I could write a book about the hazards of living with me due to my writing habit, but I decided to keep it simple. This is for my wonderful husband and all he has to tolerate.
1. Everything interesting and sometimes not so interesting will be used in future work no matter how much your writer promises not to commit this offense. She can’t help herself.
2. Writers tend to do strange things when they encounter disappointment. Be prepared for anything.
(Early in the process of shopping “Ghost On Black Mountain” a book deal with a very small publisher fell through. I smiled, nodded, and kept my act together. All were amazed at how well I took the news. I came home and painted one of the walls in my writing room purple. The wall is still purple to remind me had that disappointment not come along, I wouldn’t be with a major publisher now.)
3. Do not trust your writer’s listening skills. She will look as if she is totally engaged in the dinner conversation with guests when really she is working out a problem in her new book.
4. Never be surprised to find your spouse crying her eyes out over a character that has died in one of her books. Whatever you do, please refrain from pointing out she has complete control of her story. She will throw something at you. If you do rile her buy a gift card to a bookstore. That always works.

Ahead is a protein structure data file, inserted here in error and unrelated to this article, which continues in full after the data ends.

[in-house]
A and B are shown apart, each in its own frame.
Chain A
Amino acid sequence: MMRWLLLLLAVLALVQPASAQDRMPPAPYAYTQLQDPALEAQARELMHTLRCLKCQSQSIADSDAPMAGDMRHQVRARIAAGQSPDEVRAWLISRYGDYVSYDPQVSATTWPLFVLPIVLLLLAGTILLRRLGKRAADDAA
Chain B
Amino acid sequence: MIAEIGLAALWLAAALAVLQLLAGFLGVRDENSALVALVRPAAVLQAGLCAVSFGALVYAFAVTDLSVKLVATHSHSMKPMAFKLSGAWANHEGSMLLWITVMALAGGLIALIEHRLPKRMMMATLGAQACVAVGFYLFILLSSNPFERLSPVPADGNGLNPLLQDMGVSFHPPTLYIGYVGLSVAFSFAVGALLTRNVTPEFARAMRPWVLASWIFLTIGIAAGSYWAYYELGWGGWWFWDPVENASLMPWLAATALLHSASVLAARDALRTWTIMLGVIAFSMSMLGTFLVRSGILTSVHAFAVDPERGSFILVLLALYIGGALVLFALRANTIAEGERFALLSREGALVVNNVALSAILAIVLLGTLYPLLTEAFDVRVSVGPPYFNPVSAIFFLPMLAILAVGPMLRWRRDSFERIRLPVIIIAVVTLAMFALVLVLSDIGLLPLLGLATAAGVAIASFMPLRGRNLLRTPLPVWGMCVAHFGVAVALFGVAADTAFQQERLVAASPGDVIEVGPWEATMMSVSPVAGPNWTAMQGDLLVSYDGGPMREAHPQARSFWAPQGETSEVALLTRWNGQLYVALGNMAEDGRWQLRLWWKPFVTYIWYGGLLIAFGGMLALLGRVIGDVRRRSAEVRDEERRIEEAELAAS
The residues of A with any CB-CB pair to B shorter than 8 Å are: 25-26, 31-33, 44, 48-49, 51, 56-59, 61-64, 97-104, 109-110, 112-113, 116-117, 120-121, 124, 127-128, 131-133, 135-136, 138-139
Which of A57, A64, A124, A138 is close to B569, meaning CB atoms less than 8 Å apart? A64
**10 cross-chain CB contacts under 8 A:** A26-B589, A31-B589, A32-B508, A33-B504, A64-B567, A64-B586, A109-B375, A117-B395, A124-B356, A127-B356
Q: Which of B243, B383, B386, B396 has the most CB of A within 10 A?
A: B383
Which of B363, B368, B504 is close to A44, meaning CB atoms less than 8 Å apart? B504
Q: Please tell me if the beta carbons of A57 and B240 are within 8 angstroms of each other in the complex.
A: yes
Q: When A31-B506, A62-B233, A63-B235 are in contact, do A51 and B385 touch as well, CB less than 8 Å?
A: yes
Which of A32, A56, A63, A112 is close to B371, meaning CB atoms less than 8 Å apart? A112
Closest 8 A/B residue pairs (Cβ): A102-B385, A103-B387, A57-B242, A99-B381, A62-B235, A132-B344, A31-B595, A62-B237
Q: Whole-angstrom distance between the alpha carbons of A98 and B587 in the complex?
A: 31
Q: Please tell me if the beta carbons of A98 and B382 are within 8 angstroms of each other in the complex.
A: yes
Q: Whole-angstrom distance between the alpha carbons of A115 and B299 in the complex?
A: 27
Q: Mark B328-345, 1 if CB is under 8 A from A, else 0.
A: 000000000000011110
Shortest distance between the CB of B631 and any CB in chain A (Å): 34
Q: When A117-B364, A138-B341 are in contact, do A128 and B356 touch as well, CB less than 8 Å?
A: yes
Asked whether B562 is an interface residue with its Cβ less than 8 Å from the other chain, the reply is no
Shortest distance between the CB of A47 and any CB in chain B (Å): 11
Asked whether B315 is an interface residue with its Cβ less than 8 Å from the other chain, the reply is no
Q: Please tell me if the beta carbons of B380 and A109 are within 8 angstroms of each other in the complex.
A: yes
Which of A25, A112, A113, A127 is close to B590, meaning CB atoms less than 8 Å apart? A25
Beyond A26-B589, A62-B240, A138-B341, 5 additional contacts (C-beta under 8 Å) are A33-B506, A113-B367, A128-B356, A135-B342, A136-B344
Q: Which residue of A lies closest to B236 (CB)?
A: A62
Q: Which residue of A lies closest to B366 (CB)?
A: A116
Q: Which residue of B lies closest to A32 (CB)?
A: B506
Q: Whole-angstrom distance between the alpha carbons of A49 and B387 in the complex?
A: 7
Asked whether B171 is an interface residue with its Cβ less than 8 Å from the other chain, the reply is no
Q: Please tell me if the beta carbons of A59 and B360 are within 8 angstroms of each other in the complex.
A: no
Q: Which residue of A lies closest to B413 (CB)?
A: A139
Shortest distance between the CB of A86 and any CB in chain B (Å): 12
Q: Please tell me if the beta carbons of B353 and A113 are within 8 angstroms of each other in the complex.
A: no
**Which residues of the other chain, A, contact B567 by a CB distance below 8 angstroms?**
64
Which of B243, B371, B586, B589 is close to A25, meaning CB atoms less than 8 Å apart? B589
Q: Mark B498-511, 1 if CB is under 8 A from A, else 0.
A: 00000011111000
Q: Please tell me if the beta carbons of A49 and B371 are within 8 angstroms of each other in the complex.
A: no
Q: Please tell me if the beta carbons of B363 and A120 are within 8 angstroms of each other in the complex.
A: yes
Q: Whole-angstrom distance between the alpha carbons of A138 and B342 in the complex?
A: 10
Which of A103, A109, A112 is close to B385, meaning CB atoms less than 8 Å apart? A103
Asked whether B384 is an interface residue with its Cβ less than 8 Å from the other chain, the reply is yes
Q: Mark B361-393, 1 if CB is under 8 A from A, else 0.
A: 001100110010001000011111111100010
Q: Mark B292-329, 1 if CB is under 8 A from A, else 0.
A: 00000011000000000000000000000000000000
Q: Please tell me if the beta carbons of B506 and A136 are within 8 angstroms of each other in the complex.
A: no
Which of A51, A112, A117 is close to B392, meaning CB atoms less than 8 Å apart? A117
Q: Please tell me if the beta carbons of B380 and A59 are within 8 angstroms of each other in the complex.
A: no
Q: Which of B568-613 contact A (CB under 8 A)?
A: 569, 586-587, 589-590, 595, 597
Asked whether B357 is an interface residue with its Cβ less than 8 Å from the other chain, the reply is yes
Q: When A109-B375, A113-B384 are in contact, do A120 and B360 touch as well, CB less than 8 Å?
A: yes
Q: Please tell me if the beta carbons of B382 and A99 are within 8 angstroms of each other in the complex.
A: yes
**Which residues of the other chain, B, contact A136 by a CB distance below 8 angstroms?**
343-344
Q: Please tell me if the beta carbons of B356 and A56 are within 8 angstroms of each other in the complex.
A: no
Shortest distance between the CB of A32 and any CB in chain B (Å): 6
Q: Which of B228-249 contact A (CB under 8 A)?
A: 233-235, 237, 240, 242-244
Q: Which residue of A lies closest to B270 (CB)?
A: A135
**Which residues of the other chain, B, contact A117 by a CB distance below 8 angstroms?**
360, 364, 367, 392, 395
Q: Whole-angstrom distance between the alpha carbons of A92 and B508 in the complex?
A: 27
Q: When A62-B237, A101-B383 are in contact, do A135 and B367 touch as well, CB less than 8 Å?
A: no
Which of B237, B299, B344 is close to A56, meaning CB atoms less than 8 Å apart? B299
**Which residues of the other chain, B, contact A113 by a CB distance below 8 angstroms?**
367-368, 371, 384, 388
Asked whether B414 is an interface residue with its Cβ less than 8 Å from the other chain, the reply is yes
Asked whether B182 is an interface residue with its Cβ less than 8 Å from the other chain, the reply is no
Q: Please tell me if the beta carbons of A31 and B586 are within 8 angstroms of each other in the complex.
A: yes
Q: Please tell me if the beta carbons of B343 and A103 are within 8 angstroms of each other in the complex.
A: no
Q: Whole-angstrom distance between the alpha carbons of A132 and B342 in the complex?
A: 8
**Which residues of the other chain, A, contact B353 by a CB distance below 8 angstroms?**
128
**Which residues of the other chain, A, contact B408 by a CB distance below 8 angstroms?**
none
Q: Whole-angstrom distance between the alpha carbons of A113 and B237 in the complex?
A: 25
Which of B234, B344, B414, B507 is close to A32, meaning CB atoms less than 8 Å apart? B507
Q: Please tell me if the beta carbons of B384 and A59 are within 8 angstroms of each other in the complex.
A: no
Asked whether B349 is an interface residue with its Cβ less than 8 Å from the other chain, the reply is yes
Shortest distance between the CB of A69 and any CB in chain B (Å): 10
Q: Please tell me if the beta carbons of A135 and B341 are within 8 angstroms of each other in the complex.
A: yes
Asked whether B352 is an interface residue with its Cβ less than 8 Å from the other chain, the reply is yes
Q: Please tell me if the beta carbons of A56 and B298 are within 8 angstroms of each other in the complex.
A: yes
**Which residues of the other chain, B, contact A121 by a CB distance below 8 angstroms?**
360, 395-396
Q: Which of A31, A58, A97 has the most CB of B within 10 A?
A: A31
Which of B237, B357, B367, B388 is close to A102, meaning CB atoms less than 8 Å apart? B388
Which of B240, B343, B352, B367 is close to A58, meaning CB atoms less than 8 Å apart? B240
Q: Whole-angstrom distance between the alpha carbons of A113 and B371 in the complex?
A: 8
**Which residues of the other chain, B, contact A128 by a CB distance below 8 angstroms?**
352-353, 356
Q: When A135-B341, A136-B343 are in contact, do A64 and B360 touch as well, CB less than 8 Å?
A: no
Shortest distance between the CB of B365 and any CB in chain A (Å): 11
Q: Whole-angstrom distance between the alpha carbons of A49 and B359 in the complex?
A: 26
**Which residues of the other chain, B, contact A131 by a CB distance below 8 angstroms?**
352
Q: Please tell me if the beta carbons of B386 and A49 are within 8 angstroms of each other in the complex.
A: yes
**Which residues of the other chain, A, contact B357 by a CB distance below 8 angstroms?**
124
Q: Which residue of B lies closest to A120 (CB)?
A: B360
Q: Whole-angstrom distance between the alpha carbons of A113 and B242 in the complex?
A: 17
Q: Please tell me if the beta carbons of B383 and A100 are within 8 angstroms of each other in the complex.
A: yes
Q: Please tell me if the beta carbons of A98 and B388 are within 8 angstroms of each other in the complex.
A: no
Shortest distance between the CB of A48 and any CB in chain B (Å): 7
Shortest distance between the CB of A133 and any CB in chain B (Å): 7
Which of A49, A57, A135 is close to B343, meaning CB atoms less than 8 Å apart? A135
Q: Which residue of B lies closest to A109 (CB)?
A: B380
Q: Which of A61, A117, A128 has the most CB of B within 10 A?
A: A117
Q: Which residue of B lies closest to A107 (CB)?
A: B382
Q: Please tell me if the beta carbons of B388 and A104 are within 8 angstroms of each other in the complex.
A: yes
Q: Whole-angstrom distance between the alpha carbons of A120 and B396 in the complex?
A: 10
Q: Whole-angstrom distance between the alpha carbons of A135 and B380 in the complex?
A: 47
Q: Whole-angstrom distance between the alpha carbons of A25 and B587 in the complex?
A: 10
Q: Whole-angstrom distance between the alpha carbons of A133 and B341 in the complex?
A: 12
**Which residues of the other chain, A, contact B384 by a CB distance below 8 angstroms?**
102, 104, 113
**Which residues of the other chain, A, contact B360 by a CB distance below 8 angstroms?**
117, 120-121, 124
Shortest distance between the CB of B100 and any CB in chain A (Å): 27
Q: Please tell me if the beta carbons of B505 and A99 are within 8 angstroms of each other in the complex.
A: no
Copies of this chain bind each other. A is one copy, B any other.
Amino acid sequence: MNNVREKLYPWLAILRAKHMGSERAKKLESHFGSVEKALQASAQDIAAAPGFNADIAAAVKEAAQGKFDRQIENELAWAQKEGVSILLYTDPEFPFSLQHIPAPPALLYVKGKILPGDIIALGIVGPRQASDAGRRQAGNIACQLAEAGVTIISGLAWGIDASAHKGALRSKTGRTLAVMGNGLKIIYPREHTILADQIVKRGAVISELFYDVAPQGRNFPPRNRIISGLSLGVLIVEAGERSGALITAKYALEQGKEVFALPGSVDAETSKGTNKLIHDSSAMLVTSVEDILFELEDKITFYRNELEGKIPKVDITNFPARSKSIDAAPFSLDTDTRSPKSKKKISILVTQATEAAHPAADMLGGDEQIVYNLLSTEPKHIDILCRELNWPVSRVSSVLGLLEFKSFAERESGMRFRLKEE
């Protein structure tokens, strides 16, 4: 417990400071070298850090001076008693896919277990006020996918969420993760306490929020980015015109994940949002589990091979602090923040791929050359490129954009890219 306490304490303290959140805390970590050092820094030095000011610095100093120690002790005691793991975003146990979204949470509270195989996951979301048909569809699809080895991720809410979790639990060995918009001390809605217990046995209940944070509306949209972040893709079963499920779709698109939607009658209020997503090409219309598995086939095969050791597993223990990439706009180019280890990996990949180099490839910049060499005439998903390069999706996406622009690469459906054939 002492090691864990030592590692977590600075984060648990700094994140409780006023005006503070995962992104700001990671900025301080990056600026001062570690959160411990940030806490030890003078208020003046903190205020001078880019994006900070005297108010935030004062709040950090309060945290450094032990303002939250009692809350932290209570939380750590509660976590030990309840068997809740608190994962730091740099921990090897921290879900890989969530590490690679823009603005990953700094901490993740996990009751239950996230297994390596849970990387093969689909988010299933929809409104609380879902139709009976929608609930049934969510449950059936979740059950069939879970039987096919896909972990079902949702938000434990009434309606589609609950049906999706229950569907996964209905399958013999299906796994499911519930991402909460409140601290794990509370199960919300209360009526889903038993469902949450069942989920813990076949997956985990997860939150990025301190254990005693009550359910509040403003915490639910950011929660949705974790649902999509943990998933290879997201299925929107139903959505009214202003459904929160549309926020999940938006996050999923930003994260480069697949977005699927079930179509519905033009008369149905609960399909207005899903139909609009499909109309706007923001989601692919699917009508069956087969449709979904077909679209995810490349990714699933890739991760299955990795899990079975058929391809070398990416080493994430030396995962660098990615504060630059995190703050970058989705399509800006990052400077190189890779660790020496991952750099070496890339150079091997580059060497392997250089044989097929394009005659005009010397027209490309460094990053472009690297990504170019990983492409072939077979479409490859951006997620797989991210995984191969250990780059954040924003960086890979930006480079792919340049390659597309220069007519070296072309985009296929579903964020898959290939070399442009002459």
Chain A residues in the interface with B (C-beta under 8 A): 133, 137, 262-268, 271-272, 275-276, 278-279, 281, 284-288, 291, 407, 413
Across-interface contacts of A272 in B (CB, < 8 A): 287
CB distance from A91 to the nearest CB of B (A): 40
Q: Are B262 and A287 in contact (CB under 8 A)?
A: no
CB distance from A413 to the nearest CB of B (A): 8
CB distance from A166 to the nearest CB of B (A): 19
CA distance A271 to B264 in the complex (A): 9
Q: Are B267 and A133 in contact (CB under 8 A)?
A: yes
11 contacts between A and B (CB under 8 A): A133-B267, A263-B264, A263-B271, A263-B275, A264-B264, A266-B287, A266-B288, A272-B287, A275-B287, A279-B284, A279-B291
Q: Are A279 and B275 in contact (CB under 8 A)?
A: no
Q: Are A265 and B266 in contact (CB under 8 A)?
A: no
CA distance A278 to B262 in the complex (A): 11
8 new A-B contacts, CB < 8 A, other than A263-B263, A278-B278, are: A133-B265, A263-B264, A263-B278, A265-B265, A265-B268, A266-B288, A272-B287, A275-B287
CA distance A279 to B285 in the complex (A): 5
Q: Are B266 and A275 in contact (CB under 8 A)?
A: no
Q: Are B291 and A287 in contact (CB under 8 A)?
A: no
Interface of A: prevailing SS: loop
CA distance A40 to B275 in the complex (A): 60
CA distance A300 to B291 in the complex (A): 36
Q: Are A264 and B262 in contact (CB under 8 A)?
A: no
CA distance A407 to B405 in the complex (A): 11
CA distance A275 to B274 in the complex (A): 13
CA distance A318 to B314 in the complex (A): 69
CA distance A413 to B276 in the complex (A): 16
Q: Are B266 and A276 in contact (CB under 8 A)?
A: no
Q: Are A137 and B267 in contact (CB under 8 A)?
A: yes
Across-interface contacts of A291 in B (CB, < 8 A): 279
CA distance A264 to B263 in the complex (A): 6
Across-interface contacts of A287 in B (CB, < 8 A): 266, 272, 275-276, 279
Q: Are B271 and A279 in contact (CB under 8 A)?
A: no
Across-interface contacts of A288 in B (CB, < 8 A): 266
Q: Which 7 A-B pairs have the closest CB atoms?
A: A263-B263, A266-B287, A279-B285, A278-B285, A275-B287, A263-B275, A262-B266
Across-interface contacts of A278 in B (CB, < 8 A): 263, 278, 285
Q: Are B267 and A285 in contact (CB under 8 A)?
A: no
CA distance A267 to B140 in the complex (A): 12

5. Do all the cooking when she is in the middle of a big project. If this isn’t possible, be prepared for scorched pans, sandwiches, and the same menu five nights in a row.
(I once left cooking oil to heat to just the right temperature. One paragraph. The next thing I knew the smoke detector screeched. My kitchen and part of my dining room was full of dark smoke. Lucky enough a fire did not start, but I ruined a very good pan and had to explain why all the doors and windows were open in twenty degree weather. Two weeks later—same project—I put macaroni on to cook and eased away to work a few extra minutes. Now one would think I could do this. It was safe enough. The next thing I knew another pan went in the garbage. I won’t tell the other incidences.)
6. Be prepared to listen. Your writer will talk about her characters as if they were her children. You may not under any circumstances insult or question their behavior. Nod, smile, and laugh when appropriate.
7. Vacations are worked around research for her newest novel.
8. Your writer will carry a notebook and pen with her at all times. She will think nothing of stopping in the middle of the mall to write down a conversation she overheard.
9. Writers are a nosey lot. She wants all the details of an argument, accident, or car crash. You never know when she might have a scene that calls for such.
10. And finally just love your writer. She can’t help her passion for language and story. Give her the time and tools she needs to satisfy the voices rattling in her head. Your writer has the best of intentions even when she forgets whether your child is taking the bus home from school or needs a ride.
(I won’t tell that story.)
ANN HITE has written short stories, personal essays, and book reviews for numerous publications and anthologies. Ghost on
, her first novel, is inspired by stories handed down through her family and will be released by Gallery Books (an imprint of Simon & Schuster) on September 13, 2011. She lives in Black Mountain with her husband, daughter, and her laptop. Atlanta